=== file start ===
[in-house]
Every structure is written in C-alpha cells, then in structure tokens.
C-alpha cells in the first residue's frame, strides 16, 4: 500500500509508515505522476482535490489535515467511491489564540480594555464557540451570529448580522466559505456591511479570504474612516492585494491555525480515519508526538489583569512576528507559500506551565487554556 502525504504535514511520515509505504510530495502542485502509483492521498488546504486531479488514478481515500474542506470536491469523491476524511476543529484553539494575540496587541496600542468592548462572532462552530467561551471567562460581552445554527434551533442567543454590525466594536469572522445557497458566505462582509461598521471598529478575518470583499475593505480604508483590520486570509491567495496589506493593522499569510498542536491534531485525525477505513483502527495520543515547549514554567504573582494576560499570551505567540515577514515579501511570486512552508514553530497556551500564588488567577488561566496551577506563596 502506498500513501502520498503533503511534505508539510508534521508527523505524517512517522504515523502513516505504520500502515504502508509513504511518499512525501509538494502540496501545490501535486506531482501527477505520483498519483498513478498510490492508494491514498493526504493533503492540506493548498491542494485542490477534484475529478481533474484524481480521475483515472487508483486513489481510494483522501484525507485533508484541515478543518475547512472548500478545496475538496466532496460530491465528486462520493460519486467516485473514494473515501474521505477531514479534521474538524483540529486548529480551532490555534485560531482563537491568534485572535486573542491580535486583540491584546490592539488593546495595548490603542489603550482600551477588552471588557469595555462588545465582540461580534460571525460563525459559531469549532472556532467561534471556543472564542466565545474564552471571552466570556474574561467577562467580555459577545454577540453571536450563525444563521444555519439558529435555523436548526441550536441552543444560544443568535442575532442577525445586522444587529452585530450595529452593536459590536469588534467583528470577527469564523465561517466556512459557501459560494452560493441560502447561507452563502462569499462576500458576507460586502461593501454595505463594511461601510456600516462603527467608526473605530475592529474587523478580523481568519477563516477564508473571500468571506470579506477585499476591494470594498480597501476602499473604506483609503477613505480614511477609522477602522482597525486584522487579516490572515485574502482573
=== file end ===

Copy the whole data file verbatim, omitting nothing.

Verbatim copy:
[in-house]
Every structure is written in C-alpha cells, then in structure tokens.
C-alpha cells in the first residue's frame, strides 16, 4: 500500500509508515505522476482535490489535515467511491489564540480594555464557540451570529448580522466559505456591511479570504474612516492585494491555525480515519508526538489583569512576528507559500506551565487554556 502525504504535514511520515509505504510530495502542485502509483492521498488546504486531479488514478481515500474542506470536491469523491476524511476543529484553539494575540496587541496600542468592548462572532462552530467561551471567562460581552445554527434551533442567543454590525466594536469572522445557497458566505462582509461598521471598529478575518470583499475593505480604508483590520486570509491567495496589506493593522499569510498542536491534531485525525477505513483502527495520543515547549514554567504573582494576560499570551505567540515577514515579501511570486512552508514553530497556551500564588488567577488561566496551577506563596 502506498500513501502520498503533503511534505508539510508534521508527523505524517512517522504515523502513516505504520500502515504502508509513504511518499512525501509538494502540496501545490501535486506531482501527477505520483498519483498513478498510490492508494491514498493526504493533503492540506493548498491542494485542490477534484475529478481533474484524481480521475483515472487508483486513489481510494483522501484525507485533508484541515478543518475547512472548500478545496475538496466532496460530491465528486462520493460519486467516485473514494473515501474521505477531514479534521474538524483540529486548529480551532490555534485560531482563537491568534485572535486573542491580535486583540491584546490592539488593546495595548490603542489603550482600551477588552471588557469595555462588545465582540461580534460571525460563525459559531469549532472556532467561534471556543472564542466565545474564552471571552466570556474574561467577562467580555459577545454577540453571536450563525444563521444555519439558529435555523436548526441550536441552543444560544443568535442575532442577525445586522444587529452585530450595529452593536459590536469588534467583528470577527469564523465561517466556512459557501459560494452560493441560502447561507452563502462569499462576500458576507460586502461593501454595505463594511461601510456600516462603527467608526473605530475592529474587523478580523481568519477563516477564508473571500468571506470579506477585499476591494470594498480597501476602499473604506483609503477613505480614511477609522477602522482597525486584522487579516490572515485574502482573